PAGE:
Here, happy creature, fair angelic Eve,
Partake thou also; happy though thou art,
Happier thou may’st be, worthier canst not be:
Taste this, and be henceforth among the gods
Thyself a goddess, not to earth confined,
But sometimes in the air, as we, sometimes
Ascend to heav’n, by merit thine, and see
What life the gods live there, and such live thou.
In twelve books, Milton narrates Satan’s expulsion from Heaven and decision to corrupt Adam and Eve, God’s creation of Adam and his helpmate Eve, Satan’s visitation to Eden and temptation of Eve and her seduction of Adam, and Adam and Eve’s ultimate removal from Eden. Within this basic narrative, Milton explores God’s decision to allow the Fall to occur, even though he has foreseen it; recounts the war between Heaven and Hell; reveals Satan’s jealousy of Man; and displays Adam’s deliberate decision to follow Eve into estrangement from God. The poem ends ambivalently. Adam and Eve are alienated from God, but they also possess knowledge, free will, and the company of one another.
Paradise Lost poses one significant question after another: Are our paths predestined or do we have free will? Is knowledge good or dangerous? To what lengths will we go for companionship and what is going too far? What is a righteous ruler and what is tyranny? Is rebellion against tyranny ever permissible or justifiable? What is Hell and what is Paradise? How does a victor emerge in a war between immortals? These are questions without answers, but ones that matter to students and that they relish the opportunity to struggle through. (Actually, Milton makes it pretty clear that a war between immortals will always end in a draw.)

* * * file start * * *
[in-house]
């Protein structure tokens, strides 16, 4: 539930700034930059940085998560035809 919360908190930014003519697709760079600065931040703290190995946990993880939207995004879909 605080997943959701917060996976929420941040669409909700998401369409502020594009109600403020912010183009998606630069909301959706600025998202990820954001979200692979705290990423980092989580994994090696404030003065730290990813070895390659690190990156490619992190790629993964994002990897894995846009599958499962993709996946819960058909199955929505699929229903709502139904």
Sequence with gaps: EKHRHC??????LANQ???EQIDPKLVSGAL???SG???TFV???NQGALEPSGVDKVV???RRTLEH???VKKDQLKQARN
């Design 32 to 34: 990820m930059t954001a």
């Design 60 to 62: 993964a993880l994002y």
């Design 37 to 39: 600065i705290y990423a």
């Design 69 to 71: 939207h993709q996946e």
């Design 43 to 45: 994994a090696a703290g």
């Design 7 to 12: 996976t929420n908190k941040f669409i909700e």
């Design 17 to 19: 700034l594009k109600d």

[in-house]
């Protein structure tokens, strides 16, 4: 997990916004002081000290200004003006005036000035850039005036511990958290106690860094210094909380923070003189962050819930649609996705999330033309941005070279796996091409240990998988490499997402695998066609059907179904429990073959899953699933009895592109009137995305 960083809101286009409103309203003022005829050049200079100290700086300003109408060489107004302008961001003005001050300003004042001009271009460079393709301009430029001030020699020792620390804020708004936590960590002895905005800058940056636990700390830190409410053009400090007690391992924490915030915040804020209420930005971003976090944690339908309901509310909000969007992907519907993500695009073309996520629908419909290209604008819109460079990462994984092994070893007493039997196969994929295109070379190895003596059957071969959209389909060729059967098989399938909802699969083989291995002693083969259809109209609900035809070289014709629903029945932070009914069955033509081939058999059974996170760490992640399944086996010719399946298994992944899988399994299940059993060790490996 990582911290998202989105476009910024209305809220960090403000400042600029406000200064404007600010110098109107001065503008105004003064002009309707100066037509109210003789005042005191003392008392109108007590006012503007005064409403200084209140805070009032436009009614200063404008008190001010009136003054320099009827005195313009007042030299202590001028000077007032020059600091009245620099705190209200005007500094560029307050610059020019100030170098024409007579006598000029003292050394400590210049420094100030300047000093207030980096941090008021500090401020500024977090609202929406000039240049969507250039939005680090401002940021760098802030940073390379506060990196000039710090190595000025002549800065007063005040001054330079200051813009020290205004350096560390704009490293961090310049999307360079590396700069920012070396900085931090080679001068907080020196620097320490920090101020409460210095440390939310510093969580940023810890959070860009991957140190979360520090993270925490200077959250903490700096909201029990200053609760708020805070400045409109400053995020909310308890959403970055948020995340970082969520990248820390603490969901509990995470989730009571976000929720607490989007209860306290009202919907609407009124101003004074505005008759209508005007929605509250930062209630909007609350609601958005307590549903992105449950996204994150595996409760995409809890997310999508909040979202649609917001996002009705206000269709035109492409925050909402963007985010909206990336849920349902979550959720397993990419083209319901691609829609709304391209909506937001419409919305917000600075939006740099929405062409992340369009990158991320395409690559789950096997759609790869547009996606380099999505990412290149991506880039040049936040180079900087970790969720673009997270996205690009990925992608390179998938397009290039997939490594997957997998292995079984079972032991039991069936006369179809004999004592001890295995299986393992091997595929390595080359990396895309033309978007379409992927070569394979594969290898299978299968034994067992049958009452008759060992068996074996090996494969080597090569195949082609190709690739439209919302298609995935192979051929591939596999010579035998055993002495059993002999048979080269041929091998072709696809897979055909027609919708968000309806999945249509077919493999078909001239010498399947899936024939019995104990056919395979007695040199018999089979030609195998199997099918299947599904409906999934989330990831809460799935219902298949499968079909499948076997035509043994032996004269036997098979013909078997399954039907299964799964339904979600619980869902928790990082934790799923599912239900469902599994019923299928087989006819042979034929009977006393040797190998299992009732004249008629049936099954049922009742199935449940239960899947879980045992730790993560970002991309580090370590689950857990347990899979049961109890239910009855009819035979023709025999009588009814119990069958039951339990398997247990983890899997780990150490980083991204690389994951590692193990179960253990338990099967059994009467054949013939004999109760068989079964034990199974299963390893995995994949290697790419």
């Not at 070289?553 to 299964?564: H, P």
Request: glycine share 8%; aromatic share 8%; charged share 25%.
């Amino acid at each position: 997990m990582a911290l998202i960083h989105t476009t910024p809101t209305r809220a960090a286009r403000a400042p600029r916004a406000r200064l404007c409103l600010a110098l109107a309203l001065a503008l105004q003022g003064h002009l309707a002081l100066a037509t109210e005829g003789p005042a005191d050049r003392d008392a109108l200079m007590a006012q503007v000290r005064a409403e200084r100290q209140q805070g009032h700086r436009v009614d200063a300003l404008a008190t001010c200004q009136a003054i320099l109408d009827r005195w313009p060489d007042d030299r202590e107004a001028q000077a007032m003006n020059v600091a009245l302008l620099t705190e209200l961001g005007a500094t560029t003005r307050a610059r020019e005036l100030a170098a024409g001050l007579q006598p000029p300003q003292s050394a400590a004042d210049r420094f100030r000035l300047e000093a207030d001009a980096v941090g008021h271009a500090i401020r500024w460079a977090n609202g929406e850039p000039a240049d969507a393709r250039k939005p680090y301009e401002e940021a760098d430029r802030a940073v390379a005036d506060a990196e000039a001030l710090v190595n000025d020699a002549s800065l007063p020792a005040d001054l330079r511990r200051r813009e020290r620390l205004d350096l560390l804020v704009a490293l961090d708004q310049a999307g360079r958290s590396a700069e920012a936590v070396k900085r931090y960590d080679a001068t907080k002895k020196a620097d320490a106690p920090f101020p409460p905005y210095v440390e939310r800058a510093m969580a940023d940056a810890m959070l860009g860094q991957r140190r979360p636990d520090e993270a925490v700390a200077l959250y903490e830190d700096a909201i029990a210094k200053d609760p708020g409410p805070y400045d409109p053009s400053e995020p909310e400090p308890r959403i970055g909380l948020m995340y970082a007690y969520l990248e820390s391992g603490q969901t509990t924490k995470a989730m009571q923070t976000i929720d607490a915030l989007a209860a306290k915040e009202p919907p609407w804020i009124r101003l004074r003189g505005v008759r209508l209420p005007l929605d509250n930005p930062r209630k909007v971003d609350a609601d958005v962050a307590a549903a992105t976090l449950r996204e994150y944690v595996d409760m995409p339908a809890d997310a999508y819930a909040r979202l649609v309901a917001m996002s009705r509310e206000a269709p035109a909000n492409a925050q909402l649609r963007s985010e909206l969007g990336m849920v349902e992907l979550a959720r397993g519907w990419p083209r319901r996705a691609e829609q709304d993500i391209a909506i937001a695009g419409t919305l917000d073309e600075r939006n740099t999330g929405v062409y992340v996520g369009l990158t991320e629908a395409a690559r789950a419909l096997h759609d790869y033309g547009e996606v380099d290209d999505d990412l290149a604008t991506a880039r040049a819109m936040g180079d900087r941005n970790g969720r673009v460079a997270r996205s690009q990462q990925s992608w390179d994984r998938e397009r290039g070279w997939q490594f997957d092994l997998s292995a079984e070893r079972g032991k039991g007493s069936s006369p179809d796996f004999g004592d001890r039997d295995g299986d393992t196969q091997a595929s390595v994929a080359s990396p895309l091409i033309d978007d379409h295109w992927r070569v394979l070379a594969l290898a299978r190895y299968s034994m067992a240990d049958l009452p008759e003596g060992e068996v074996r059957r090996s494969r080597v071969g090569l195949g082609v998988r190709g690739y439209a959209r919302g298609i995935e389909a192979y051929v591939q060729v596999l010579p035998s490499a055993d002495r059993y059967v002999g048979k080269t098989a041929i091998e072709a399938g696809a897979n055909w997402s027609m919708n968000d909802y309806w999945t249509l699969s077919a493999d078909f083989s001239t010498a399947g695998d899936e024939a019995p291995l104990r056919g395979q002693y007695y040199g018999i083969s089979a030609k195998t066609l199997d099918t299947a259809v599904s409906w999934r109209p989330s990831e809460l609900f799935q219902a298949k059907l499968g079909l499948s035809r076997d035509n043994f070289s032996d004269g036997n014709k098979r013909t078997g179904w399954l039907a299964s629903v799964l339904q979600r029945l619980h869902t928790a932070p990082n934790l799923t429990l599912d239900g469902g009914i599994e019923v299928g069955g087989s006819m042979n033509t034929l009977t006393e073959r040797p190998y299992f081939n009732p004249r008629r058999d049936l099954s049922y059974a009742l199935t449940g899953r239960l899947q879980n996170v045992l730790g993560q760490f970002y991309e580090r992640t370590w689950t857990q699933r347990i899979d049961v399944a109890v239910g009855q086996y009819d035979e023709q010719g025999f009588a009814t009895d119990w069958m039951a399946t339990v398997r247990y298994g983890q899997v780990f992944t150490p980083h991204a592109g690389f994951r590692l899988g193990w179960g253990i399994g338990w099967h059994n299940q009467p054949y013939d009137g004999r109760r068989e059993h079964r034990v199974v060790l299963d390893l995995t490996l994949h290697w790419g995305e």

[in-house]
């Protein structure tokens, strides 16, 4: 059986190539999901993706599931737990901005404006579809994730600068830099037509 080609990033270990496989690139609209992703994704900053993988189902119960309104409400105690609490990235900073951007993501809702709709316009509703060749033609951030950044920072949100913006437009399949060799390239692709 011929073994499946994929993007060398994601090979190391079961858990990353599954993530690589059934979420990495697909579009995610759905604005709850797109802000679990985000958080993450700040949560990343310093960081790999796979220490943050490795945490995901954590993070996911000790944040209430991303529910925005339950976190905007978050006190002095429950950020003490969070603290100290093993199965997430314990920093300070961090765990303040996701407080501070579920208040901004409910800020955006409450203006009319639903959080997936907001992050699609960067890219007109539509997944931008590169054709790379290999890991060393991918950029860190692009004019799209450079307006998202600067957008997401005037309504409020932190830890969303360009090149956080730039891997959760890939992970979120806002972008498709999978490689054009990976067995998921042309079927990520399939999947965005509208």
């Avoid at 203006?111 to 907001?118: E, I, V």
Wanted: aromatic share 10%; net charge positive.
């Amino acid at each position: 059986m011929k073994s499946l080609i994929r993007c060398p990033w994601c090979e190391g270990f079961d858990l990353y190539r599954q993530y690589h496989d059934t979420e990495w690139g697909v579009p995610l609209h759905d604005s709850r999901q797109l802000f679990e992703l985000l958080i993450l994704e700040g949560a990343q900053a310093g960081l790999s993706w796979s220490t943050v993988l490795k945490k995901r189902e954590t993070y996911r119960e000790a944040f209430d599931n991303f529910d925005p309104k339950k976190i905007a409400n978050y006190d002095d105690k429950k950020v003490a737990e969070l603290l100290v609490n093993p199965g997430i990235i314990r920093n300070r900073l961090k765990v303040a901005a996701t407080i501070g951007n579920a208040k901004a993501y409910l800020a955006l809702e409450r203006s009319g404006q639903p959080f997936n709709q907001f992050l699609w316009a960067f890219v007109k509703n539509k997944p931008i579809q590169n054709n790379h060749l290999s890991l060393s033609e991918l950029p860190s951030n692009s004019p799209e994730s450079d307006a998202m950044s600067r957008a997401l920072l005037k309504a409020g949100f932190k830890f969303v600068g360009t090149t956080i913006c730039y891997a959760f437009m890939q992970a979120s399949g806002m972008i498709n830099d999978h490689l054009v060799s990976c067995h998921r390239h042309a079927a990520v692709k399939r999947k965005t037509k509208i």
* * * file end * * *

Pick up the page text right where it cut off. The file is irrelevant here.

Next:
If the questions themselves are not hook enough for students, Milton’s most complicated character, Satan, will be. Readers are either seduced by his charm and eloquence or feel sympathy for his experience as an oppressed subject (or child). If Adam is God’s fair-haired creation, Satan is the black sheep, the underdog. Either way, the identification with Satan will disturb readers. This dissonance is productive both in what it can lead readers to understand about themselves and about the nature of art. Did Milton set out to create such a sympathetic creature in Satan? Can an artist’s own creation take on a life of its own? And, in looking at the historical context (specifically, the influence of Milton’s Satan on the English Romantic writers), what are the consequences of creating art that changes the way that human beings understand themselves and their place in the world?
While students might initially balk at the form (Epic Poetry), the length of Paradise Lost, and it’s sometimes challenging syntax, familiarity with the subject matter, Milton’s use of blank verse and an almost notoriously limited vocabulary, and the relevance of the questions raised tends to win them over quickly. The poem renders enough content for days of discussion (not to mention the possibility of days of contextualization), but a lot could be accomplished in two class meetings.
These books cover the fallen angels’ expulsion from Heaven and the meeting of the council of Hell about how to best retaliate against God. Explained are the complaints of these devils against God and the reasons for targeting man as a way to combat God’s perceived tyranny. Questions for Books I and II:
1) Consider the events in Books I and II, as well as what these books tell us about how the fallen angels have been exiled. Given this information, do you consider Satan to be a good leader? Why or why not? What do you consider to be the necessary qualities of a good leader? Have you ever followed a good leader yourself? What about a poor leader? How do you know the difference? How are those experiences different from one another? How does this inform (or how would you like it to inform) your own leadership style?
2) In Satan’s war council, several different voices are heard. Satan opens (lines 11-42), then Moloch (43-108); Belial (108-225); Mammon (229-83); Beelzebub (310-416); and Satan again (416-467). What are the different viewpoints of each of these speakers and why does Satan ask for their input? Which of the perspectives do you find more rhetorically persuasive? Which may represent a kind of action you are more likely to engage in times of struggle? In what situations is it better to appease those in power? Oppose them openly? Move away in order to find peace?